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bio website ithaca.arpinum.org
location New York, NY
age 46
visits member for 5 years, 5 months
seen Dec 18 at 0:43

Tinker, tailor, soldier, spy


Jul
17
answered Mac OSX: conventional places where binary files should live
Jul
17
revised RootKit Hunter Warnings on Mac OS X
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Jul
17
answered RootKit Hunter Warnings on Mac OS X
Jul
17
comment How do you track which packages were installed on Ubuntu (Linux)?
You're not likely to get one easily-shared answer for all Linux distros. Package management is a big part of what distinguishes different Linux distros.
Jul
17
revised How do you track which packages were installed on Ubuntu (Linux)?
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Jul
17
revised How do you track which packages were installed on Ubuntu (Linux)?
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Jul
17
comment How do you track which packages were installed on Ubuntu (Linux)?
Also, apt-get isn't deprecated. Debian recommends aptitude for package management on the command line, but that's a far cry from deprecating apt-get.
Jul
17
revised How do you track which packages were installed on Ubuntu (Linux)?
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Jul
17
revised How do you track which packages were installed on Ubuntu (Linux)?
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Jul
17
comment How do you track which packages were installed on Ubuntu (Linux)?
I think that you can get that information without needing grep: aptitude search '~i !~M' should do the trick.
Jul
17
answered How do you track which packages were installed on Ubuntu (Linux)?
Jul
17
comment Sync remote folders on Linux
Since rsync very likely is the simplest answer, explain what problems you're having with that. (The problems may spill over to any other solution, anyhow.)
Jul
16
comment Learning to Use Linux
Gentoo is outstanding for learning, but I also wouldn't recommend it for someone brand new to Linux. I might recommend Sabayon instead: it's Gentoo-based but offers a great deal of support for multimedia.
Jul
16
comment Learning to Use Linux
@codeLes: I would imagine that Ubuntu ships a healthy variety of wireless firmware, yes. I can't say for sure, since I don't use it, but on my Debian machines (Ubuntu is Debian-derived; they're related but not identical) the kernel is good to go, but I need to use a tool called b43-fwcutter to download the necessary firmware for the wireless. Your larger point is right, but I wanted to warn someone brand new to Linux that there may be a few steps before everything works. (In a few cases of proprietary hardware, it may be impossible, but that's rarer and rarer.)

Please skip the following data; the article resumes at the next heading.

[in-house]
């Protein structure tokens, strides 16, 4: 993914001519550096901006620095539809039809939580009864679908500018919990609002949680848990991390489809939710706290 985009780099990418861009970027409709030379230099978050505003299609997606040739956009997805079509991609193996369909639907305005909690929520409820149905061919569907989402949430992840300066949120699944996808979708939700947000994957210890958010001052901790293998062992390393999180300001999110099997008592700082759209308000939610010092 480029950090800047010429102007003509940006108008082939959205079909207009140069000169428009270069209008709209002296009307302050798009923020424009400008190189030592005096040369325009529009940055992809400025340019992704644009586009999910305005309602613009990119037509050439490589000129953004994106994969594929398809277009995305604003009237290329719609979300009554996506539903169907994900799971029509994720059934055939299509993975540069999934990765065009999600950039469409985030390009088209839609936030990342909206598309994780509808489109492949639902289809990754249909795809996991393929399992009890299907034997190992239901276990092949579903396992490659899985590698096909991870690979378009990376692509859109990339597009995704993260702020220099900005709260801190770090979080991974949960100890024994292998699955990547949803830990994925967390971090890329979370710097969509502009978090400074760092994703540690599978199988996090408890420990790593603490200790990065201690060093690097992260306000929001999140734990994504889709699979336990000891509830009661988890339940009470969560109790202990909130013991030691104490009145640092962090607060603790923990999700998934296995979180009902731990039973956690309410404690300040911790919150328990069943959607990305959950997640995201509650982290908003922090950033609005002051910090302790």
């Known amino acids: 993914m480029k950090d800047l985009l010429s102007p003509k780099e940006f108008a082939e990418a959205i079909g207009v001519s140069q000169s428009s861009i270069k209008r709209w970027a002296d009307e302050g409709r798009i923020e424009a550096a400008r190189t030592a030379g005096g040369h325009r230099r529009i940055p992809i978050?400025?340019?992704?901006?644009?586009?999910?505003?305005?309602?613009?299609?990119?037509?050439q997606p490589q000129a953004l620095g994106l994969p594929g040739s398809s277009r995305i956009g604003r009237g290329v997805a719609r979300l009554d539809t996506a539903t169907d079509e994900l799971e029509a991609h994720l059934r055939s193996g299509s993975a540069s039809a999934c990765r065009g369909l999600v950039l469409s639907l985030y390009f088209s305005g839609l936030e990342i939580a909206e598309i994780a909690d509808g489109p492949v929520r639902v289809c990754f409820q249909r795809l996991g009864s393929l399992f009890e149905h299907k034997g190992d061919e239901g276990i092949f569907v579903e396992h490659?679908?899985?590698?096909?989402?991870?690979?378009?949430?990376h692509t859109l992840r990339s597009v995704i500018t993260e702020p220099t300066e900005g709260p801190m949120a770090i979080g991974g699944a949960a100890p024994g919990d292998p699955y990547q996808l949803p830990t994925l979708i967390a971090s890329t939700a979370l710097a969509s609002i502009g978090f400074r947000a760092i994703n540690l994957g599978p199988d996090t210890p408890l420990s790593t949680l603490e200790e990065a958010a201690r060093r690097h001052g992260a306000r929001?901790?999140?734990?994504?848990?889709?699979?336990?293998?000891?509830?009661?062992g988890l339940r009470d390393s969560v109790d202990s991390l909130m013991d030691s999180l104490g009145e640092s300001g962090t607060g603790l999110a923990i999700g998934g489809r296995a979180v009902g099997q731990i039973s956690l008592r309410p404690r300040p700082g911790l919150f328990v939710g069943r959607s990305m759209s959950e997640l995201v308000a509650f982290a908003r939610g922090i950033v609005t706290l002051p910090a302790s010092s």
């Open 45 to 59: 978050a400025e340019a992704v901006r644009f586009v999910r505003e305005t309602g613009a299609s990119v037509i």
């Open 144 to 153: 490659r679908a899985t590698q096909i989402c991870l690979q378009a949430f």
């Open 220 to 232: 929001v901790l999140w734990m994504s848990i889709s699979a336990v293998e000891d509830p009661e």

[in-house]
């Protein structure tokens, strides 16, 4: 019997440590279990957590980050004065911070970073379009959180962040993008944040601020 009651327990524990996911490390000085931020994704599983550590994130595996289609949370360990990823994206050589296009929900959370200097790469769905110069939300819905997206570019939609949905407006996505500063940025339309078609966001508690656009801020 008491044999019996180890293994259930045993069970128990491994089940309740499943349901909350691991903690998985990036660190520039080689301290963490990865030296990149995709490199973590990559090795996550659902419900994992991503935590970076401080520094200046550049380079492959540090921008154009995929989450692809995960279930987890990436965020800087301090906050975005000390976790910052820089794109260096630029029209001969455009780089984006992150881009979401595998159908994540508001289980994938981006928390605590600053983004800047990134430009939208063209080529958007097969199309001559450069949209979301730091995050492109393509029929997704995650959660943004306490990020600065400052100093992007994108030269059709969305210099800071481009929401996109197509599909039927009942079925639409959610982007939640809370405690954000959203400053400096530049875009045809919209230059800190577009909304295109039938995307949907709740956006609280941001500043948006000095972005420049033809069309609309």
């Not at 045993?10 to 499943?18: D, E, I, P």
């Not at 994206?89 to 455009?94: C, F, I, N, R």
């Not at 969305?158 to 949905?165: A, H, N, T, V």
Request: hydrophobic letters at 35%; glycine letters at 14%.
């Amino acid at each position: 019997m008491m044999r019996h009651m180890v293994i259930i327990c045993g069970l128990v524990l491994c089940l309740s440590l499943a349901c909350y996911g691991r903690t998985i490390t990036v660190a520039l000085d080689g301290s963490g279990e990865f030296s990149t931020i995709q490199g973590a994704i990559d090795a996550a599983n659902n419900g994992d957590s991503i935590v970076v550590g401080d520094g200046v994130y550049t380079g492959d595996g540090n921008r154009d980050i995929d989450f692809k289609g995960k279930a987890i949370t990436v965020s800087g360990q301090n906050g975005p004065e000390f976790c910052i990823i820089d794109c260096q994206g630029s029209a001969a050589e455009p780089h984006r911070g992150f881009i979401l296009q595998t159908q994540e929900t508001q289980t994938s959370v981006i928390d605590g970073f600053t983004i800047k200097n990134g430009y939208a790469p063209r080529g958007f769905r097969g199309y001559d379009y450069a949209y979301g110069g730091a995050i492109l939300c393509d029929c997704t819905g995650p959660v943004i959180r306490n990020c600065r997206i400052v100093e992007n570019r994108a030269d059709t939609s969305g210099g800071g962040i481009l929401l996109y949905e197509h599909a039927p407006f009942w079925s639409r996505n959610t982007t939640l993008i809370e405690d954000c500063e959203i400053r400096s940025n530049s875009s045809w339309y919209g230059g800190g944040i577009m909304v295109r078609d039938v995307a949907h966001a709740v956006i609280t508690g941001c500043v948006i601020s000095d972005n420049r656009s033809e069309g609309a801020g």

Jul
16
comment Regex tool for Linux
@ Peter: I grant that spelling may be harder (for some people, some kinds of learners). Still, learn it. Software only gives you a false sense of security anyhow. Software can't spell well at all.
Jul
16
comment Learning to Use Linux
@Isxek: it would help if you gave the specs for the machine (at least in outline). What kind of video are we talking about? For a desktop, that (and sometimes sound) is usually the biggest hurdle.
Jul
16
comment Learning to Use Linux
The Linux kernel will not support his video (without extra help) if it's a recent Nvidia or ATI card, nor will it necessarily support wireless (without adding firmware). It can be done, but the kernel doesn't do it by itself.
Jul
16
awarded  Critic
Jul
16
comment Regex tool for Linux
Yup: I give the same advice about software to check spelling. Just say no. Learn it.
Jul
16
comment Things to consider going from Windows to Linux
@Jonathan: it's true that Windows (the os) and some programs used with Windows offer free updates (generally only within versions). It's also true that some Linux flavors charge money for the os. However, the default position in each world is clear: Windows -> software costs money; Linux -> software is free. (Yes, there are counter-examples, but these are the clear default positions.)